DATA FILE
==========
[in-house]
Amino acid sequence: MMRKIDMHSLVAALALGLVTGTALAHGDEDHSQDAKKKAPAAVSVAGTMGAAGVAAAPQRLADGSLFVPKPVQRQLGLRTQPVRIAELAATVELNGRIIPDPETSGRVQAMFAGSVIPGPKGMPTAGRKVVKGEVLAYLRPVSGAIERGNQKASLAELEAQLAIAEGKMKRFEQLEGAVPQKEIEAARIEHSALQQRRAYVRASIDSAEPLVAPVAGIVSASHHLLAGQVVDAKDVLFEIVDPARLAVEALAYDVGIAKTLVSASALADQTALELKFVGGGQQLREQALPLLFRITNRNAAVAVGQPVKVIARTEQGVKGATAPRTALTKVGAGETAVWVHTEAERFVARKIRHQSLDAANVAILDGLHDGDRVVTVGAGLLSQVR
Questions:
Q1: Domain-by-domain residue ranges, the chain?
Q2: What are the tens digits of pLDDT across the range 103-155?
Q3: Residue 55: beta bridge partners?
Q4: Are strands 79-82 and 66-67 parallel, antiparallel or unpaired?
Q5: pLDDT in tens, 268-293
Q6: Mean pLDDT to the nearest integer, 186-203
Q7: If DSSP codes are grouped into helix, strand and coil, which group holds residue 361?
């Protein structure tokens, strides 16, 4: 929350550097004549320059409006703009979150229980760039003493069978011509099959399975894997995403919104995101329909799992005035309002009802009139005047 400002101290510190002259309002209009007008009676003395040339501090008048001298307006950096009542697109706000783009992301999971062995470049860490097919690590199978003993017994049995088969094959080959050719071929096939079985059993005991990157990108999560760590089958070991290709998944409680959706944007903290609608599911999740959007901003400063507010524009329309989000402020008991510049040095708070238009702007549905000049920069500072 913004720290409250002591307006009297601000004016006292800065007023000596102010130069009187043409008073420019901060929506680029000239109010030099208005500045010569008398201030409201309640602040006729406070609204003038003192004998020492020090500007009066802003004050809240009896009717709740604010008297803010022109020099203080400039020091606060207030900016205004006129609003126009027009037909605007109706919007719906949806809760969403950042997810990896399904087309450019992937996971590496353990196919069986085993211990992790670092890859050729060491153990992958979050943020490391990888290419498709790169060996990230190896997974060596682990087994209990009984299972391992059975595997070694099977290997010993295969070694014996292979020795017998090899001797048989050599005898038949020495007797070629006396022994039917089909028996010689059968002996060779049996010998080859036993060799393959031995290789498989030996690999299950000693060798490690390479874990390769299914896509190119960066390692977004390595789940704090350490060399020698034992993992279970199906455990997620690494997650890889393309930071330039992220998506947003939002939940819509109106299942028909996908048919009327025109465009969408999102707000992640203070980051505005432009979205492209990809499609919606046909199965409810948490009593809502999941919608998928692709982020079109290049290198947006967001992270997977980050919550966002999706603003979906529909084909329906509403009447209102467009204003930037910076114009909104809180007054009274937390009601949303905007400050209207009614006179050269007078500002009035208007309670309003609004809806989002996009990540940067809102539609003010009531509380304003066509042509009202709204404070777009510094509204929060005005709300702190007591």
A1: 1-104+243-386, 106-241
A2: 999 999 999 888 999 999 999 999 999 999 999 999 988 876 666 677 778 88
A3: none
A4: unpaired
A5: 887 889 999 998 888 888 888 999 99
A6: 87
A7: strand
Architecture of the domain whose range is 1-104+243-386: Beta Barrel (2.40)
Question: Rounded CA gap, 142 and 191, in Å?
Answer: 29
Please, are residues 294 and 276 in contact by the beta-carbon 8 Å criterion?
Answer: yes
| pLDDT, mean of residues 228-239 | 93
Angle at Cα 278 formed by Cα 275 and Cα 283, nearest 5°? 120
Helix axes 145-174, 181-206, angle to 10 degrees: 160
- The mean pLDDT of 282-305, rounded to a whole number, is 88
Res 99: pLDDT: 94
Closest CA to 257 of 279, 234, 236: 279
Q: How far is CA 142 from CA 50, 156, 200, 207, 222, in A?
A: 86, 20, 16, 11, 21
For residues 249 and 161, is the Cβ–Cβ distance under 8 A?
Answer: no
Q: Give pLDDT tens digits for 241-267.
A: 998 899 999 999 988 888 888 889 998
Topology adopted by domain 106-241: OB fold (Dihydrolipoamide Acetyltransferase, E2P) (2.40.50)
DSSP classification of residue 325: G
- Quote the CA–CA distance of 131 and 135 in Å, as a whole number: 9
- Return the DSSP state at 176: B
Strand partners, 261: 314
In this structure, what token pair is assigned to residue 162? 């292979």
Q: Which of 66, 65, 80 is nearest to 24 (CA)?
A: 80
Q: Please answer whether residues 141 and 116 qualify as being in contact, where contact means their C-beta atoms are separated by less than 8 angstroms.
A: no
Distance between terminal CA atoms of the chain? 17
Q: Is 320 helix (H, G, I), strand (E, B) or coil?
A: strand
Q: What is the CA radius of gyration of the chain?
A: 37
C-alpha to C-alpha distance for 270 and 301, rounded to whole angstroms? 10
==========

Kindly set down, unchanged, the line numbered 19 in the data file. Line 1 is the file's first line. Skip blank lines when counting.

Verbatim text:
Architecture of the domain whose range is 1-104+243-386: Beta Barrel (2.40)